The US electricity sector is in the midst of a long-term transition: away from coal-fired boilers and toward greater reliance on natural gas and renewables such as wind and solar. Largely in response to record low prices for natural gas in recent years, coal’s contribution to the US electricity supply, currently about 30 percent, has fallen below that of natural gas, which accounts for one third of generation.
Two regulatory proposals recently announced by the Trump administration, described below, may have the potential to breathe new life into coal-fired electricity generation in the United States depending on how they are implemented: the Department of Energy’s (DOE’s) September 2017 Notice of Proposed Rulemaking (NOPR) on grid resilience pricing, which was subsequently formally issued by the Federal Energy Regulatory Commission (FERC); and the Environmental Protection Agency’s (EPA’s) new rulemaking, announced this month, to repeal the Clean Power Plan, an Obama-era rule aimed at reducing greenhouse gas emissions from existing power plants.
The FERC notice on grid resilience pricing requires the Independent System Operators (ISO)/Regional Transmission Organizations (RTO) under FERC jurisdiction to create a tariff that compensates eligible reliable and resilient generators for their full costs of supplying power, including a rate of return on capital. Eligible generators must be able to store 90 days of fuel on site, which seemingly makes most coal and nuclear plants eligible while ruling out gas-fired generators without significant further investment in fuel storage capacity. The rationale for this rule is to help improve the “resiliency” of the bulk power system when threatened by a lack of fuel to power generators. This proposed rule is on a fast track, with comments due to FERC by October 23.EPA’s proposal calls for repeal of the Clean Power Plan. The basic rationale here is that EPA exceeded its authority under Section 111 of the Clean Air Act in two main ways when it developed a regulation to limit carbon dioxide (CO2) emissions: by defining the source category as the entire fleet of existing electricity generators within a state and explicitly including changes in power plant dispatch and investment in renewables as components of the best system of emissions reduction used to set state-specific emissions reduction goals. The proposed rulemaking also includes a modified benefit–cost analysis of the Clean Power Plan that focuses on domestic climate benefits only and offers a range of perspectives on ancillary air quality benefits, suggesting that repealing the rule could have positive net benefits to society. (Ed. note: RFF’s Alan Krupnick and Amelia Keyes wrote about the treatment of health benefits in the proposed rulemaking last week.)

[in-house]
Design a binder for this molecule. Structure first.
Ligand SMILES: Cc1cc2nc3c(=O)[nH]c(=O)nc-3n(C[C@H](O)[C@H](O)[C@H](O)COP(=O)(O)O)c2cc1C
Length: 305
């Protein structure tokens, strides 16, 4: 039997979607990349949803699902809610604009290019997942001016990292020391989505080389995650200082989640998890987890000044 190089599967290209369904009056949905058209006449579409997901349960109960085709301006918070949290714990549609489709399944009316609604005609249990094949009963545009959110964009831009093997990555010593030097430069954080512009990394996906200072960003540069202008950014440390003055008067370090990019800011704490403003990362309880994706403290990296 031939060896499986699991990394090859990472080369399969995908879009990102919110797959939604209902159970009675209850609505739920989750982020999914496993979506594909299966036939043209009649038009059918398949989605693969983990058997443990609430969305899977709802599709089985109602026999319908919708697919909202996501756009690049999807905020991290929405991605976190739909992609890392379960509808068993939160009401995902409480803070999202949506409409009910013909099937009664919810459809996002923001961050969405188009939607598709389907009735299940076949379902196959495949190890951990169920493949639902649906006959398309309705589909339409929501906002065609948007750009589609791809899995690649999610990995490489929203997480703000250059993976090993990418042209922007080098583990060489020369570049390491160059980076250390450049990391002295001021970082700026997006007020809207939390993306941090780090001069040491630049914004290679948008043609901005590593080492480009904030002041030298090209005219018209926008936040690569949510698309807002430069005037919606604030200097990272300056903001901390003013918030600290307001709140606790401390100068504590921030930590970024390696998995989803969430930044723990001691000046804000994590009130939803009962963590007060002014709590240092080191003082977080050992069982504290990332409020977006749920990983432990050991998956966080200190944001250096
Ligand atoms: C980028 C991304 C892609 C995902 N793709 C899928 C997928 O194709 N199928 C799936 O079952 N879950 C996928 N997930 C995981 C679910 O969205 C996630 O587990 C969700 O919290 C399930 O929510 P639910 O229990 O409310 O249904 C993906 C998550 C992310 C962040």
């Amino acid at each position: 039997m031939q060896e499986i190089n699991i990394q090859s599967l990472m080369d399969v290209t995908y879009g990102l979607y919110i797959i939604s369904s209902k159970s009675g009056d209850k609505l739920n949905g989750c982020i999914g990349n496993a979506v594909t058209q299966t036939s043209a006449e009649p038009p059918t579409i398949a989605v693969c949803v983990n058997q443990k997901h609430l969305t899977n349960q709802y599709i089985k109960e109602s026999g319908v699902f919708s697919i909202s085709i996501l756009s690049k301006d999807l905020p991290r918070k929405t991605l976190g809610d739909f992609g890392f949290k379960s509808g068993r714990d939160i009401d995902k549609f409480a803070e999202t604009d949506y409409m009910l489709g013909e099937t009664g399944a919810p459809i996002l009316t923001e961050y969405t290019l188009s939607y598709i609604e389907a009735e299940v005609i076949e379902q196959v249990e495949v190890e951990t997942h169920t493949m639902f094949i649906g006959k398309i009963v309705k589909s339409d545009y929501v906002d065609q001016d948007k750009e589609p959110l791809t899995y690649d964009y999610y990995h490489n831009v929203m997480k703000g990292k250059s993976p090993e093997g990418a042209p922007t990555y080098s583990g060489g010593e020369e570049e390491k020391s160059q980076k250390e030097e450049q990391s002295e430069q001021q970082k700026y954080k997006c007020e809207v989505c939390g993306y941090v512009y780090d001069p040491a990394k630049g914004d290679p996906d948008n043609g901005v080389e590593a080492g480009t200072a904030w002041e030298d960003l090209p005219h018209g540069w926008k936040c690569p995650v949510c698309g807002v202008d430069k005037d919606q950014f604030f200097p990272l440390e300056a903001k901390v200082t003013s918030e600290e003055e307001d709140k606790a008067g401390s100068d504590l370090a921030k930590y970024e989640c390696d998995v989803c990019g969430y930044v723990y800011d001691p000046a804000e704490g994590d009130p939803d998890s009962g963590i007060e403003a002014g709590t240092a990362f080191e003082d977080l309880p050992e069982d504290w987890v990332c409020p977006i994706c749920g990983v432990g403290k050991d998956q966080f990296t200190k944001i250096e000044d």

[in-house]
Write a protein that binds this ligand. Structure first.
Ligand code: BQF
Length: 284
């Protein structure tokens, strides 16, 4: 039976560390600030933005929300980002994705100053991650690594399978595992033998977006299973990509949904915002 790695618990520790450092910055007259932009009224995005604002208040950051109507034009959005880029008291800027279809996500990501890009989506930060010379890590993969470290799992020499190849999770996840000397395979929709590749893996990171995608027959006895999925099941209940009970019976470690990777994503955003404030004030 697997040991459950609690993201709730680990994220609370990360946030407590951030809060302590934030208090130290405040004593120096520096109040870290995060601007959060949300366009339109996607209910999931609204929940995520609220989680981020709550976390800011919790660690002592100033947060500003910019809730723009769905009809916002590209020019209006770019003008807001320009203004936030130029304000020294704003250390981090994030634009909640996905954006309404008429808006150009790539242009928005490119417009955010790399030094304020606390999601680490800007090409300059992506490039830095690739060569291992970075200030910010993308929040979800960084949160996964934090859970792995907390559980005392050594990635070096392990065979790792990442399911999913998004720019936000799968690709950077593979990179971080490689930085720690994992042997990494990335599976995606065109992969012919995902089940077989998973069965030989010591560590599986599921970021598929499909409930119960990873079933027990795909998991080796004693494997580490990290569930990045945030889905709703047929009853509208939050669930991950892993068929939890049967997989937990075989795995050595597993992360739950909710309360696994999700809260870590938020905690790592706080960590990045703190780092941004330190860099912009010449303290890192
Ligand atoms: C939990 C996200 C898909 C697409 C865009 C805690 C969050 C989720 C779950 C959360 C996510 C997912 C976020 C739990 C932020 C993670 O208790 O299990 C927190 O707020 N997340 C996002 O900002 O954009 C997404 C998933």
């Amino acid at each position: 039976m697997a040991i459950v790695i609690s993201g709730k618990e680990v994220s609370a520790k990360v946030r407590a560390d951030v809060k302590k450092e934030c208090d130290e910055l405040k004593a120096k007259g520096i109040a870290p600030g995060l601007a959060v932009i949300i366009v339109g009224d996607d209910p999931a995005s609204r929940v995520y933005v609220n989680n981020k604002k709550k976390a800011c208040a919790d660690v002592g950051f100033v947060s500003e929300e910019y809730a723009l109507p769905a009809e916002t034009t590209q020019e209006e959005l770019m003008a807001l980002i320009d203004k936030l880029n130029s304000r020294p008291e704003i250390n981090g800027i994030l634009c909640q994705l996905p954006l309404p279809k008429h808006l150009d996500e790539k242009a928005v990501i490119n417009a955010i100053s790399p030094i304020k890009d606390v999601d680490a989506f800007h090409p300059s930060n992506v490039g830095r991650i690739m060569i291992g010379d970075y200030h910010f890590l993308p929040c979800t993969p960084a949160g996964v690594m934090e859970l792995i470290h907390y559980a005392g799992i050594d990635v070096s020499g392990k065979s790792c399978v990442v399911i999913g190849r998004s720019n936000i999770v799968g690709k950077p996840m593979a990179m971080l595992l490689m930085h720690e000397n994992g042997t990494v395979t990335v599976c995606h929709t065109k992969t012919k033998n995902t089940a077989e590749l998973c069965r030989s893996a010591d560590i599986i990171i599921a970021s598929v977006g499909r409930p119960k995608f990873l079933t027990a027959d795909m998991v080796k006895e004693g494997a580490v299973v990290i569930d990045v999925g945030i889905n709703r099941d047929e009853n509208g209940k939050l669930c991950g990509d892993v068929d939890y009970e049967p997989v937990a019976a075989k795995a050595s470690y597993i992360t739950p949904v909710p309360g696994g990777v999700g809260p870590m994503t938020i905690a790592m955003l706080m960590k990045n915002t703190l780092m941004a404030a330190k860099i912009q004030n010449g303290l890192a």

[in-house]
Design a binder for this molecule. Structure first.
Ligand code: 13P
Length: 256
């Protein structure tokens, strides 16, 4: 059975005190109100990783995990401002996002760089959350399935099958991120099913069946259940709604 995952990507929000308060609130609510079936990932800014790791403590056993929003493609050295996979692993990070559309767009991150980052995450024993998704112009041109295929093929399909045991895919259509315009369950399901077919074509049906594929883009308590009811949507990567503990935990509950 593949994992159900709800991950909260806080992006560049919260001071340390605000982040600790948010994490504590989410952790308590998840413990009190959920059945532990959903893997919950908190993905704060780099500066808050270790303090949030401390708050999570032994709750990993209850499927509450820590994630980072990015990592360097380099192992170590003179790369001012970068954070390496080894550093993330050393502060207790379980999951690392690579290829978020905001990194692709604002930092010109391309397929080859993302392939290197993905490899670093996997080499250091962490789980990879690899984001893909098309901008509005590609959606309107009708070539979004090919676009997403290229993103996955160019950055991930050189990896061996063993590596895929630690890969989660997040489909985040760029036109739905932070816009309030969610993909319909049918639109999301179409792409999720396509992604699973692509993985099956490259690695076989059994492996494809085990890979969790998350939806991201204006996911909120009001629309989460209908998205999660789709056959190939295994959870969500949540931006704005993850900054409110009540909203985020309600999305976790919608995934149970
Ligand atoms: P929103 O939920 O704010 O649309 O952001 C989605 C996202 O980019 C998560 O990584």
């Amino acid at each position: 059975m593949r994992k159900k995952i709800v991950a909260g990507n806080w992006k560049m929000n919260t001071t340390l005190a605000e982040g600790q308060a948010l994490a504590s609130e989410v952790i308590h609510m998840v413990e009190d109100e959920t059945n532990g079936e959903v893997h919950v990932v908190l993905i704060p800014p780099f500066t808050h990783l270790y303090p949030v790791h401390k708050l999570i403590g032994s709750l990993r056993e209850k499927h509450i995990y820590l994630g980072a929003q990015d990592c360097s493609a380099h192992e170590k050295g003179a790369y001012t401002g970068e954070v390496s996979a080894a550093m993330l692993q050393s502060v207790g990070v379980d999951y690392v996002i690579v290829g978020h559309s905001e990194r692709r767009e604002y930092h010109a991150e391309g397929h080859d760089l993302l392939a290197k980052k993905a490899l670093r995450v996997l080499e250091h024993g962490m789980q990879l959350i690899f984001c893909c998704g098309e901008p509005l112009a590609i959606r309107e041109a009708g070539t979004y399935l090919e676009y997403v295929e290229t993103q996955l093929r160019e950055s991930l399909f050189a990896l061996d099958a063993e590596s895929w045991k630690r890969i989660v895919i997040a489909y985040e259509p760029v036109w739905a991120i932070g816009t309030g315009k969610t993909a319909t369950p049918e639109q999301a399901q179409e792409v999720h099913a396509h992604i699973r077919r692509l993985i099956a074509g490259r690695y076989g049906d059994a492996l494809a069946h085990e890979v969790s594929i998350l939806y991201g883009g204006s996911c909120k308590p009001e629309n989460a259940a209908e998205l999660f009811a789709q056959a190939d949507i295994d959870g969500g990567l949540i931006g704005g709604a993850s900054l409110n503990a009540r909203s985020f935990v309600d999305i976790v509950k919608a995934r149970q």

Both of these announcements appear to be favorable to coal. FERC’s NOPR seeks to forestall more coal plant retirements in the face of low prices in RTO- and ISO-operated energy and capacity markets. The reasoning given is that many existing power plants (including coal generators) offer resilience and reliability value not currently rewarded in those markets. While coal-fired boilers are not singled out by name in the proposal, the 90-day fuel inventory requirement clearly applies to coal and nuclear plants. EPA’s announcement removes the CO2 emissions reduction requirements under the current Clean Power Plan, which weigh most heavily on coal-fired generators due to their relatively high rates of CO2 emissions. EPA’s October 2015 analysis suggested that coal-fired generation would be more than 20 percent lower in 2030 under the final rule than if it was not in effect.
But are these regulatory announcements necessarily as friendly to coal as they appear to be at first? The answer is highly uncertain because both raise more questions than they answer. Indeed, FERC staff have posted a list of 30 questions on which they are seeking input by the October 23 deadline for submitting comments on the proposed rule. EPA has indicated in the preamble to its proposed rule to repeal the Clean Power Plan that the agency has not yet determined when or even if it will promulgate a new rule to regulate CO2 emissions from existing generators, let alone what form such a replacement rule would take.